Ornella Molon and Loris Traverso joined me on the radio with hosts Steve Jaxon and Dan Berger. Ornella Molon and her husband, Giancarlo Traverso are two of our producers in the Veneto and Friuli regions of Italy.
Loris explained how his parents started in the wine business in 1982. Neither his father nor his mother had a background in wine. When his grandparents gave them a vineyard when they were married in 1977, they started making wine, first for friends and then professionally. When they registered the winery as a business in 1982 at the Chamber of Commerce in Treviso, it was the first time that a woman was put in charge of the company. People were skeptical of a woman in that role, but Ornella has had great succeess and in Loris’ words, “My mom would say that she had to prove herself at the winery.” She says it was hard but it was good because she had to prove herself to everyone. Her advice to other women in the wine business is, “keep fighting, show who you are, and show everyone your value.”
They are located in Treviso, a small city about 30 minutes from the city of Venice, in the Veneto region. Their villa and cantina, centuries ago, was the summer home of the Doge of Venice (English pronunciation is “dodj” and the Italian pronunciation is “DO-jeh”).
Dan agrees with me that it is the small producers in Italy make these very fine wines. The larger producers in Italy are the ones who supply American supermarkets and those wines are nothing like these. Dan Berger explained that American supermarkets do not stock the kinds of wine that we import. Our wines are in some local restaurants (Riviera, Franchetti's, and Ca’ Bianca) and at Oliver’s Markets. They are also at Bottle Barn.
We first tasted a Rosato, which is Italian for Rosé. It is a 2017 and has light bubbles. This Rosato is made from Cabernet Franc, which is a very common varietal in northeastern Italy. It is very dry and has very thin bubbles. Dan explained that you can taste the wine with the bubbles, then wait a while and the bubbles will go away, the wine is equally interesting but different.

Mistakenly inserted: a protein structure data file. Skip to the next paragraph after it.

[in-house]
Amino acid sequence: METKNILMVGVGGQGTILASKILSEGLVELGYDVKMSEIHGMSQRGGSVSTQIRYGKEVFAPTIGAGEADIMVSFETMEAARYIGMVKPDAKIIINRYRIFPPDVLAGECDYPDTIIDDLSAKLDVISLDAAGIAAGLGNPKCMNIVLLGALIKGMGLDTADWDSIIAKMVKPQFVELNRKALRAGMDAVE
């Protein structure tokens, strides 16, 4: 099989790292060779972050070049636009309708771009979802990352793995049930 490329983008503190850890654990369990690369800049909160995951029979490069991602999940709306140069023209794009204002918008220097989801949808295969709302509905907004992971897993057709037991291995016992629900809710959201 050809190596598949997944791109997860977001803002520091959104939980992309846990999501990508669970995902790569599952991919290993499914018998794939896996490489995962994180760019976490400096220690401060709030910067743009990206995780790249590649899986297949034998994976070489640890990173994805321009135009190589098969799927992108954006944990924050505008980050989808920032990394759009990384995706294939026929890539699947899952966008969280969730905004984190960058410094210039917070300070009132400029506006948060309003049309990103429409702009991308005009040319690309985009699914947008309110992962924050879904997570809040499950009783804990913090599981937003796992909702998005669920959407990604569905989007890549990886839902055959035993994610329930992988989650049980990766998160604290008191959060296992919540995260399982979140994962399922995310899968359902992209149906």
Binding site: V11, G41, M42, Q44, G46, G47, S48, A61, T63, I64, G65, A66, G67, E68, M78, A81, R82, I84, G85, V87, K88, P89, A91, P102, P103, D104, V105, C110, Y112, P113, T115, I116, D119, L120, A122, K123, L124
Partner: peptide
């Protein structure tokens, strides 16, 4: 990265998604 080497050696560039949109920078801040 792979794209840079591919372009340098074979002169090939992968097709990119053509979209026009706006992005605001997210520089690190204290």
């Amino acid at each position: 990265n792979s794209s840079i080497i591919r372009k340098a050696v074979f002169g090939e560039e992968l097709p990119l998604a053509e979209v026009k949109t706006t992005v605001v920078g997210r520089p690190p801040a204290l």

The next wine is their newest release, a 2017 Pinot Grigio from their second label and cantina, Vigna Traverso in Friuli (in northeast Italy next to Slovenia). Steve asked Dan how this Italian Pinot Grigio differs from the ones from California. Dan says that here, we start with much riper grapes, so we get more "florality" and are more alluring in the aroma department. However they have less acidity. Then there are two Italian styles, mass production and also cold climate small production. This is one of those cold climate wines that would go well with food.
Loris told about the vineyard. Ponca is the name of the kind of soil, called marl in English. They do not use any barrels here. They only use French oak for their red wines. Loris also explained that his mother and father each have a vineyard and winery. His father found and acquired a winery in the Friuli region in the early 1990s. They produce about 8000 cases per year, which is a fairly small production.
The next wine is a Raboso which is a unique variety indigenous to the Veneto in the area around the Piave River, where their cantina and villa are located. This is a 2012 vintage. It has strong acidity and it would go well with anything in a red sauce. It is hard to compare this to any kind of American wine. It was known as the traveling wine. Before refrigeration, the wine would last in the casks on long voyages.Ornella described Raboso as a varietal unique to the Piave region of the Veneto, which carries with it the history of the territory and its people. It is a very late ripening grape and is the last to be harvested every year. It makes wines of great distinction.
Loris added that Raboso never was affected by phylloxera, the plants are very strong. The skins are thick and crunchy, so they are the last ones that mature and they are the last of the harvest.
Listen to the complete episode here:
Thanks to Chris DiMatteo for providing content and technical assistance.